Brisbane Lions consider mane attraction



Be careful what you wish for Brisbane Lions fans.

After members voted to restore the original Brisbane lion design to their jumper from next season, the AFL club’s powerbrokers thought they would go one better and provide supporters the real thing at home games in 2015.

In a move the Brisbane hierarchy believed would be a “fantastic way to attract kids to the game”, the club have pitched parading a live king of the jungle at the Gabba before matches.

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A huge social media response forced Brisbane to clarify their leaked plans on Thursday.

“There has been a fair amount of hysteria today around the idea of having a real lion at our home games next season,” Lions CEO Greg Swann said.

“Let me be clear in saying it is an idea and only that.

“It is one of a number of initiatives we have discussed as part of planning for the 2015 season, and it has found its way into the media.

“Animal welfare would always be the overwhelming priority in any such idea, but let me stress we are only at a conceptual stage at the moment.”

Swann insisted that the lion would be presented at the Gabba in an enclosure if they went with their bold idea.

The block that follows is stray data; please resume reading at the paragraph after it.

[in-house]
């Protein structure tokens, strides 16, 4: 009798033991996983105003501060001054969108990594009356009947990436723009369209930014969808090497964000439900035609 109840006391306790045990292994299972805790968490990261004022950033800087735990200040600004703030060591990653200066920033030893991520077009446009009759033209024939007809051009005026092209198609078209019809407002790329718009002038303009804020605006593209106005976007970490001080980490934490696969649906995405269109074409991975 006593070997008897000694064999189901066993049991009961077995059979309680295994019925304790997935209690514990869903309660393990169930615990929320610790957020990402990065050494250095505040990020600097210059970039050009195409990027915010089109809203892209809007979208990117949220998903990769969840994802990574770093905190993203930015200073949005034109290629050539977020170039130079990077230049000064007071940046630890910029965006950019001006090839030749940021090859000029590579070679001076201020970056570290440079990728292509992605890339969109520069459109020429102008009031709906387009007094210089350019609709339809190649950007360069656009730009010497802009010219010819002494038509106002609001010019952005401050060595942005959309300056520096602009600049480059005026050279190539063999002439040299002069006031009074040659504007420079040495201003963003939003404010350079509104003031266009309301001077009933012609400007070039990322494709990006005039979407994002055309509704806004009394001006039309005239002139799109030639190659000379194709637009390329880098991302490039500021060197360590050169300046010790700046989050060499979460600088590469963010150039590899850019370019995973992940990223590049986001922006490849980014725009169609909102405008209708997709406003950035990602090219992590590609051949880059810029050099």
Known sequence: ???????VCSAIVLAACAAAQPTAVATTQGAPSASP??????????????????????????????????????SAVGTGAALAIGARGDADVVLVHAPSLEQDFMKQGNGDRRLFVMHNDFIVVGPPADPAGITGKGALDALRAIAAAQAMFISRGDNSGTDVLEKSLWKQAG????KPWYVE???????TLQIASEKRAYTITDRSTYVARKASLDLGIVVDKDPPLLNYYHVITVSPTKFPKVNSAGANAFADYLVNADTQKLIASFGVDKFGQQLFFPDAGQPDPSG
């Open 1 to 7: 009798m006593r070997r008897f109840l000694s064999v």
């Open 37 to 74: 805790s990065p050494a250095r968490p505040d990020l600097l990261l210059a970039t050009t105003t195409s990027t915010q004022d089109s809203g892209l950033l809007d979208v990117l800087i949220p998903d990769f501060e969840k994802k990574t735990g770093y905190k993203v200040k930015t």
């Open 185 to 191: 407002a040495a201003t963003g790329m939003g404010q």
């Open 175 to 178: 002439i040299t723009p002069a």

Still, the live animal pitch brought back memories of North Melbourne’s ill-fated 1979 stunt featuring a startled elephant.

Advertising a circus during halftime at Arden Street, the elephant was startled by the crowd and jogged towards the stands, prompting hysterical scenes.

Brisbane Lions

The human Lions. Photo: Getty

The Lions want to answer the AFL’s call for clubs to ramp up their home entertainment but may go back to the drawing board after Thursday’s reaction.

“With the lion set to feature prominently as part of our 2015 marketing campaign, and with the old lion returning to the guernsey next season, we simply asked ourselves whether we might be able to add the ‘real thing’ to a match day experience,” Swann said.

“Given the reaction today, we are mindful that people have strong views and we will take that into consideration as we continue to plan for next season.”

Apart from a social media backlash, the RSPCA office in Brisbane claimed they had received many angry complaints in response to the club’s idea.

And an activist group Generation Alpha told News Corp they would “harass and humiliate” Lions board members at public events if the club went through with their entertainment plans.

Australia Zoo’s owners the Irwin family are club ambassadors.

“In relation to animal rights we would never do anything to harm a lion – Australia Zoo is one of our partners and a match day sponsor this year,” a Lions spokesman tweeted on Thursday.

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